Pennsylvania has what is called an "implied consent" law which means that if you have been lawfully arrested by an officer, who has probable cause to believe that you have been driving under the influence, then you automatically consent to taking a chemical test of your blood, breath or urine for the purpose of determining your BAC.

By refusing, you will automatically lose your license for one year, and the state will charge you with the highest level DUI offense allowable under the law; which means, you will face the most severe penalties.  And, if you are convicted, you will have to accept penalties for both the refusal, which is your license suspension through Penn DOT, and the DUI penalties through the Court.  So, if you refuse the test you probably will add another year to the DUI one year suspension which will result in a 2 year loss of license.



I was arrested months ago, and I still haven’t received any information from the police.  Is that normal?

 You may not be officially notified whether you have been charged with a DUI until you receive a summons in the mail from the Magisterial District Court. This usually takes several weeks after your arrest, however, it can take longer depending on when the police officer files the charges (complaint and probable cause affidavit) against you.


Aren't the police required to read me my Miranda warnings before they arrest me?

 No.  Police are required to read an individual his rights (Miranda Warnings) only before they interrogate or question a detained individual; meaning you are under arrest.   Therefore, an officer may ask you "How much have you had to drink?" before you are placed under arrest.  Any responses you give to such questions before arrest may be introduced against you even though Miranda warnings were not read. If the officers believe they have all the information they need to prove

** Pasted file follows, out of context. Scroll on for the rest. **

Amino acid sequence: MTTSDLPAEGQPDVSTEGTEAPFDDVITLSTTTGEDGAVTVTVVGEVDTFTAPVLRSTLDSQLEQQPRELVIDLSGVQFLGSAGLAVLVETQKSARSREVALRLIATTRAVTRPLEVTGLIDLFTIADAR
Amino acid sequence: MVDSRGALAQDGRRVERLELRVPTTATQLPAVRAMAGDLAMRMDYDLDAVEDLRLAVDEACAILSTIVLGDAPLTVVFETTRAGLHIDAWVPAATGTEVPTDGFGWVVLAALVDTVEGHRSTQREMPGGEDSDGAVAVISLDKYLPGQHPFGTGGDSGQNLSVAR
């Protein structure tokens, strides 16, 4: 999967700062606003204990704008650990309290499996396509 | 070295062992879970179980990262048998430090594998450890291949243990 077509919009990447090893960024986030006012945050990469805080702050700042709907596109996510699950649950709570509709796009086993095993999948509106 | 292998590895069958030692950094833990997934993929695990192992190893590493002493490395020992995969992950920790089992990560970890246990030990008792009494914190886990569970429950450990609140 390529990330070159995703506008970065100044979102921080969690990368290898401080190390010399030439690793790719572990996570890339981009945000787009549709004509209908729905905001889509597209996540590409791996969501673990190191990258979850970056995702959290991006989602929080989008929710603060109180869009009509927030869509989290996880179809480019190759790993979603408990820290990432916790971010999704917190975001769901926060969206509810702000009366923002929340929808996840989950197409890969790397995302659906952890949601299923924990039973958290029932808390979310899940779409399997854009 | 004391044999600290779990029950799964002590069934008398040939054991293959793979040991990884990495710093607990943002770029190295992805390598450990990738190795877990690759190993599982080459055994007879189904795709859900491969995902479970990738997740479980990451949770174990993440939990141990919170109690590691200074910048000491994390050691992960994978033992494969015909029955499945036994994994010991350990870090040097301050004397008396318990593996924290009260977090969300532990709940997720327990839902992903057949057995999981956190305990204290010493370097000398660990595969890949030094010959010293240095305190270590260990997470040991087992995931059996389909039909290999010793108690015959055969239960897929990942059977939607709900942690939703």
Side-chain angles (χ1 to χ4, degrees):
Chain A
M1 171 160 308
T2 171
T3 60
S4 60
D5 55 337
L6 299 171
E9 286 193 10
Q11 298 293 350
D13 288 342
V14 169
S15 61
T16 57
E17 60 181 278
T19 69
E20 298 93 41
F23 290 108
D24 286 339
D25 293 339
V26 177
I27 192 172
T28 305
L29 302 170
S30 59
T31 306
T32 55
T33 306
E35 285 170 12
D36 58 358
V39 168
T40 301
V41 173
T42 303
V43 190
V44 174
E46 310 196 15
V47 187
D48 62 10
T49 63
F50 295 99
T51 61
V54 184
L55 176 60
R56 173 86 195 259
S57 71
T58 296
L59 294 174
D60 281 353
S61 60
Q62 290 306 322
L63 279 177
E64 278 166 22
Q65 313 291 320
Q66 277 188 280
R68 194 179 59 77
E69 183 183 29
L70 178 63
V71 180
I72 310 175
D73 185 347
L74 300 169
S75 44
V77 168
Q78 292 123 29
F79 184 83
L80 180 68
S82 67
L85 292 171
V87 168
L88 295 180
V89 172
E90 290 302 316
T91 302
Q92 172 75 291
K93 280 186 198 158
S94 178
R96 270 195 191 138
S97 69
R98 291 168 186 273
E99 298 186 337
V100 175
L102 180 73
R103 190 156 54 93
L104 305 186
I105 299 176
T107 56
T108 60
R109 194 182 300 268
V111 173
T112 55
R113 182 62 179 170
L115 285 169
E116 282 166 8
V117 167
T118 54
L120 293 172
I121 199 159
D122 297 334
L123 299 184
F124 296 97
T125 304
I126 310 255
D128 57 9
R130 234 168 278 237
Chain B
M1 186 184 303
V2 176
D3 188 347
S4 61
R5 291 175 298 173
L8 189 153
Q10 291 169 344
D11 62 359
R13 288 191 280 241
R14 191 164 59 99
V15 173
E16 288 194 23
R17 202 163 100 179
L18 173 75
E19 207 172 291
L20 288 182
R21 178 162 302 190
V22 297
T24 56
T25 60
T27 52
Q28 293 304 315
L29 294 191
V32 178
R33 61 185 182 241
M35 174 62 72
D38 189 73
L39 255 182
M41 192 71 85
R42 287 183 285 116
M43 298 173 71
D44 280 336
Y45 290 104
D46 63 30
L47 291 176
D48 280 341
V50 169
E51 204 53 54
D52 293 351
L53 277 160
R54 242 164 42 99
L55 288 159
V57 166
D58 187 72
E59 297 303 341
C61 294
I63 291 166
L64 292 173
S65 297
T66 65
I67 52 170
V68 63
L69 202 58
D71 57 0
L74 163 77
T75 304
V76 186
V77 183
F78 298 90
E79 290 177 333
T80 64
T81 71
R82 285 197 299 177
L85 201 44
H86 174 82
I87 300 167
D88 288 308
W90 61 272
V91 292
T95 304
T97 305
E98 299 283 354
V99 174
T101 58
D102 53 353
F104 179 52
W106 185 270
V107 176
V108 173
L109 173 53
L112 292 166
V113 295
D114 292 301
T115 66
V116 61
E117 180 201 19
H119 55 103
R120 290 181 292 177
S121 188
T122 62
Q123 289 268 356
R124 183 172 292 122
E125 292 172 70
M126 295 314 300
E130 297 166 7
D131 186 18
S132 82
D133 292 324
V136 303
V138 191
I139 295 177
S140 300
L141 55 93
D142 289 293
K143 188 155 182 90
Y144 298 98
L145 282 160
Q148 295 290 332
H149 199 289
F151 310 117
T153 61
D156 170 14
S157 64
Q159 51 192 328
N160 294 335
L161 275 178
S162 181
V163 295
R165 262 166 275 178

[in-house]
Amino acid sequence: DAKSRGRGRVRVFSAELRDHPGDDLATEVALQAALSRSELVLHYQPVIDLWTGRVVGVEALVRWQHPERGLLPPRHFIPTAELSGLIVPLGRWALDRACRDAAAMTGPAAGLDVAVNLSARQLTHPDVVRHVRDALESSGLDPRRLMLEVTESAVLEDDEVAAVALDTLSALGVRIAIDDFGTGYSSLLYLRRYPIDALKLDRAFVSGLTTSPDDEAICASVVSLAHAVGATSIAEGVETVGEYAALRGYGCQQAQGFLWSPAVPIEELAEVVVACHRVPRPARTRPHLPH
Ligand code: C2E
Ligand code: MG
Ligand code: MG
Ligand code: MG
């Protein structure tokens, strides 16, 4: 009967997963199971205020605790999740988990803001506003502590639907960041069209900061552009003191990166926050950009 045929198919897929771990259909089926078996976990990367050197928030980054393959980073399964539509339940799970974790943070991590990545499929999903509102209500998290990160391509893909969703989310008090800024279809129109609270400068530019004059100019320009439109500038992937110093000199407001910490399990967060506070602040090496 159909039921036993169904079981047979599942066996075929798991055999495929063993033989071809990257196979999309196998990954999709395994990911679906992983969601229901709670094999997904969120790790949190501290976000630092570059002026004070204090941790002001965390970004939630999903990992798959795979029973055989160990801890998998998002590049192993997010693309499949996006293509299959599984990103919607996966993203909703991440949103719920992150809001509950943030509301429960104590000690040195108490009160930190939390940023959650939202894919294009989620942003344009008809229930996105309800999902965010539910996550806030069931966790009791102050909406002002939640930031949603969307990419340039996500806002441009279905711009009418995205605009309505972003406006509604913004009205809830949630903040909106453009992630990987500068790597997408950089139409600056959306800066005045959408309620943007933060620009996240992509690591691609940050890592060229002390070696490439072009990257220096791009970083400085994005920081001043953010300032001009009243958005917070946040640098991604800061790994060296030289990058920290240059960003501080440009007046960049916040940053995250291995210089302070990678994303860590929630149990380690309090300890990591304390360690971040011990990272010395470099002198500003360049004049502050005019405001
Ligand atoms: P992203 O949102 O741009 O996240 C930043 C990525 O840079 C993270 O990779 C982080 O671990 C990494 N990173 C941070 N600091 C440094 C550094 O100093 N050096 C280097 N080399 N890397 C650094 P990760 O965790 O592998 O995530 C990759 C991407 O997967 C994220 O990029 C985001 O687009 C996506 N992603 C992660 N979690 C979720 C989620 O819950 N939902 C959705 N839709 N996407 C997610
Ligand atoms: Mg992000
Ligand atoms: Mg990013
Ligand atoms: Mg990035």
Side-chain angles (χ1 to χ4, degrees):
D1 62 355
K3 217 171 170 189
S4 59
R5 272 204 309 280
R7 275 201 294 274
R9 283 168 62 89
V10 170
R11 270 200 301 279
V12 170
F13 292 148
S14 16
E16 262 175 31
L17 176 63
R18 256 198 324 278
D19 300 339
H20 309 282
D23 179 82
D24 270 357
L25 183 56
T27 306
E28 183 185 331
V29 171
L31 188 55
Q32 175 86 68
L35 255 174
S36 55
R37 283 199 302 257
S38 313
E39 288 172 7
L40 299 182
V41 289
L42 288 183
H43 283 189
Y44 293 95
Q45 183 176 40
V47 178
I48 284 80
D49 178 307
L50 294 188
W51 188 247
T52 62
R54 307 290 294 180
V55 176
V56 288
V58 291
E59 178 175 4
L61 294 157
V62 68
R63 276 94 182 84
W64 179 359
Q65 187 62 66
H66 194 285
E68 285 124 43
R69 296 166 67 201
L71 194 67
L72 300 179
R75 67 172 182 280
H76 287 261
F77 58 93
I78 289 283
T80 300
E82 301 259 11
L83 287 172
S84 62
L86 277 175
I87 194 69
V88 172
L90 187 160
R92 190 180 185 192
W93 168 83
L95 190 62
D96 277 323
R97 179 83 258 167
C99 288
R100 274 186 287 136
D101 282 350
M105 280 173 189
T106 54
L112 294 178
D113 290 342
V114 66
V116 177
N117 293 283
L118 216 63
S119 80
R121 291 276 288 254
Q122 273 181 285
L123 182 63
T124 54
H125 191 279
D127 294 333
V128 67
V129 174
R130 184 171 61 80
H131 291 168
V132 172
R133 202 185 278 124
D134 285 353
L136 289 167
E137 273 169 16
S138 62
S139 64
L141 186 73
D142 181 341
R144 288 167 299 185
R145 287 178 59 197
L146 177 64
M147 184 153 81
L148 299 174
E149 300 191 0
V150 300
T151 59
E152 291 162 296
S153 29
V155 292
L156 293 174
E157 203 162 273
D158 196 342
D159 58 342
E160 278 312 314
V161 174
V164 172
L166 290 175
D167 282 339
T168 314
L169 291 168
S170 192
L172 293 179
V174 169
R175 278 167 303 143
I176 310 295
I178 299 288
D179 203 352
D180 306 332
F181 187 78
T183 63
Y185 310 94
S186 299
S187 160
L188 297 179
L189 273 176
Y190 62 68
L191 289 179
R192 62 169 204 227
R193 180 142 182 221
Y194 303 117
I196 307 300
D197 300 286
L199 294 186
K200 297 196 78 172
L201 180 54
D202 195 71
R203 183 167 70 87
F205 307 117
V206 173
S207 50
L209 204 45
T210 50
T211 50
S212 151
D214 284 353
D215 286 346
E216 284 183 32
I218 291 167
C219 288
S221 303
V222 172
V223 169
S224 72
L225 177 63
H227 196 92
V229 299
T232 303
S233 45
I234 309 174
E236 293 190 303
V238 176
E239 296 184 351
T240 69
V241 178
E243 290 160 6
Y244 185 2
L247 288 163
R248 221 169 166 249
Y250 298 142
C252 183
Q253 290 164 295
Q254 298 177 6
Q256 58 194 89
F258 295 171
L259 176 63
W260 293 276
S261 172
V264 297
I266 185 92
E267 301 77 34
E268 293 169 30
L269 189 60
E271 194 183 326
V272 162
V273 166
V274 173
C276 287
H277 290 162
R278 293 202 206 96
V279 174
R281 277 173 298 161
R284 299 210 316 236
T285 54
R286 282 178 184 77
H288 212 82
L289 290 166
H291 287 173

After Being Arrested For DUI, Can I still Drive?

Many people ask if they can still drive after being arrested for DUI.  For most people, the answer is yes, unless, you were driving with an already suspended license.

Loss of your license is conviction based.  Therefore, you can still drive until you are ordered by the Common Pleas Court to hand over your license to the Pennsylvania Department of Transportation or until you receive notification from Penn Dot to surrender your license.

Are there any programs available for first-time offenders?

 Accelerated Rehabilitative Disposition (ARD) is available only to first-time offenders who meet all the eligibility requirements set out by the District Attorney’s Office.  If you are accepted into the ARD program, your case will be eligible for expungement upon successful completion of the ARD program.


What are my chances of beating a DUI?

Every case is unique and can present many opportunities to challenge the legalities of your arrest.  That is why it is critical to hire an experienced attorney familiar with DUI in Pennsylvania. Some examples of potentially successful avenues of attacking a DUI case are as follows: